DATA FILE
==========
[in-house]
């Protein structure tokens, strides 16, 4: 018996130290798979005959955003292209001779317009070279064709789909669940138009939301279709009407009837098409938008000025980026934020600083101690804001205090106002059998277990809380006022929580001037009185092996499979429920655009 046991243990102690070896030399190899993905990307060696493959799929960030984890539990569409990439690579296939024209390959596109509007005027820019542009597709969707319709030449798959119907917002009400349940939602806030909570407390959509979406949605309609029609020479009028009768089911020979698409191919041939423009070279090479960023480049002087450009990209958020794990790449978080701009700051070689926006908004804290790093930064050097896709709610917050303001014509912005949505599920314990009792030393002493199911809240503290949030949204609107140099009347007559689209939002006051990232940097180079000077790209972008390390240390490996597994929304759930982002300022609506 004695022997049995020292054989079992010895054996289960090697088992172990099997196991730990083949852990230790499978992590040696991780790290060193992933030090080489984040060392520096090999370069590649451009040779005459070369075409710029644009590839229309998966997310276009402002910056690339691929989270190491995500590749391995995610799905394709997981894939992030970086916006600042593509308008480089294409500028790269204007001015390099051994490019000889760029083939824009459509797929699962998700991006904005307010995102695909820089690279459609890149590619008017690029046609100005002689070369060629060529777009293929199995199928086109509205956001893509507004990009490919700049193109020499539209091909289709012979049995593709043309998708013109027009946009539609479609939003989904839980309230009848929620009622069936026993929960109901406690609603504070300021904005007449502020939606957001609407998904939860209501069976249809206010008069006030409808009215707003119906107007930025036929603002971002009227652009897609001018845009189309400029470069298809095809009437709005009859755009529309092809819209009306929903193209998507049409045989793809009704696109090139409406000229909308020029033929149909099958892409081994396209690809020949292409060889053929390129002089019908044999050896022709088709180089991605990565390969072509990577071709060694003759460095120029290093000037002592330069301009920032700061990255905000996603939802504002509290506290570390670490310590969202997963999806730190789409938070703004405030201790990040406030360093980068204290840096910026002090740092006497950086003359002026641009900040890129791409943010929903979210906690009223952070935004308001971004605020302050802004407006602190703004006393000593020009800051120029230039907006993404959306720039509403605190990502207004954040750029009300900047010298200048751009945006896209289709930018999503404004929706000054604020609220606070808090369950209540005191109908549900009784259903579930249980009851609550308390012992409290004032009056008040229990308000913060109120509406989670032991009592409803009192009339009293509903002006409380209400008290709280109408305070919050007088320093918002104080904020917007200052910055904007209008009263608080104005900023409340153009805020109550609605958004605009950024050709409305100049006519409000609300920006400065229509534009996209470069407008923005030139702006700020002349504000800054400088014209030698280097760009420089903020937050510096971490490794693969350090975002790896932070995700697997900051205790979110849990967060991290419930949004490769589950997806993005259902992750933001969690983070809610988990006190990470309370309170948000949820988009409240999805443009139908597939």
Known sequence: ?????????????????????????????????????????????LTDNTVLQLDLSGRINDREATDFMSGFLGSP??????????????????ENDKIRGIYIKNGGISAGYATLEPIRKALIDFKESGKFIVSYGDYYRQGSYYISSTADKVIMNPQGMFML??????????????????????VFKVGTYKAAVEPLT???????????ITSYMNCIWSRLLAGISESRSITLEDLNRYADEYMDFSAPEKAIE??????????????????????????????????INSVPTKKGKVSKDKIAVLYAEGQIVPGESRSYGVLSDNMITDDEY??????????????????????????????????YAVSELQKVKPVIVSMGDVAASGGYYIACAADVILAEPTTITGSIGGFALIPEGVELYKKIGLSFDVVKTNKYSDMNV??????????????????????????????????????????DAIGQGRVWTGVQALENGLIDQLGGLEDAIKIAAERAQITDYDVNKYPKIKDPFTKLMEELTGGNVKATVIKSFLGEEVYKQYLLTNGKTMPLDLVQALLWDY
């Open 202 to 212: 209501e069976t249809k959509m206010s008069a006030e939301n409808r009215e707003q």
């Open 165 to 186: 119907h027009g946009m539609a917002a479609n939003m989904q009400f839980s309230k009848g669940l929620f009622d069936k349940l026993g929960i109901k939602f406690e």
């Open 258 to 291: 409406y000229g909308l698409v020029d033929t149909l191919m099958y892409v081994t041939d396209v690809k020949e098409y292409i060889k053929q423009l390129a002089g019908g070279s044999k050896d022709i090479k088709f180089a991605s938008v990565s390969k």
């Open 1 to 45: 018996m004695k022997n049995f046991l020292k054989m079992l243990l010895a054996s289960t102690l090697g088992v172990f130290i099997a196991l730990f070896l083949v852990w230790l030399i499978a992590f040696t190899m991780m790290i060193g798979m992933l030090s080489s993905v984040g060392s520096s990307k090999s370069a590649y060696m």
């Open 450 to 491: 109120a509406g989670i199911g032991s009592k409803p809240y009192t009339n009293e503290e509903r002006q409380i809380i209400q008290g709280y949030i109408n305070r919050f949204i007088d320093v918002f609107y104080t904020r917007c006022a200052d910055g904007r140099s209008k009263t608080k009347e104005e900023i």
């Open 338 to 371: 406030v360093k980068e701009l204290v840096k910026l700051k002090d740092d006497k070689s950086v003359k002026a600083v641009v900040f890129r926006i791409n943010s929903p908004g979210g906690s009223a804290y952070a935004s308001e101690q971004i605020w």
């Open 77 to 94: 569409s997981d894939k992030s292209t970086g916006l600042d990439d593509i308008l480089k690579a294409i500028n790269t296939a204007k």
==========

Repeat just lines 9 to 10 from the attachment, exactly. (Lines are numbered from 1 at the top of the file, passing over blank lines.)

């Open 338 to 371: 406030v360093k980068e701009l204290v840096k910026l700051k002090d740092d006497k070689s950086v003359k002026a600083v641009v900040f890129r926006i791409n943010s929903p908004g979210g906690s009223a804290y952070a935004s308001e101690q971004i605020w």
């Open 77 to 94: 569409s997981d894939k992030s292209t970086g916006l600042d990439d593509i308008l480089k690579a294409i500028n790269t296939a204007k």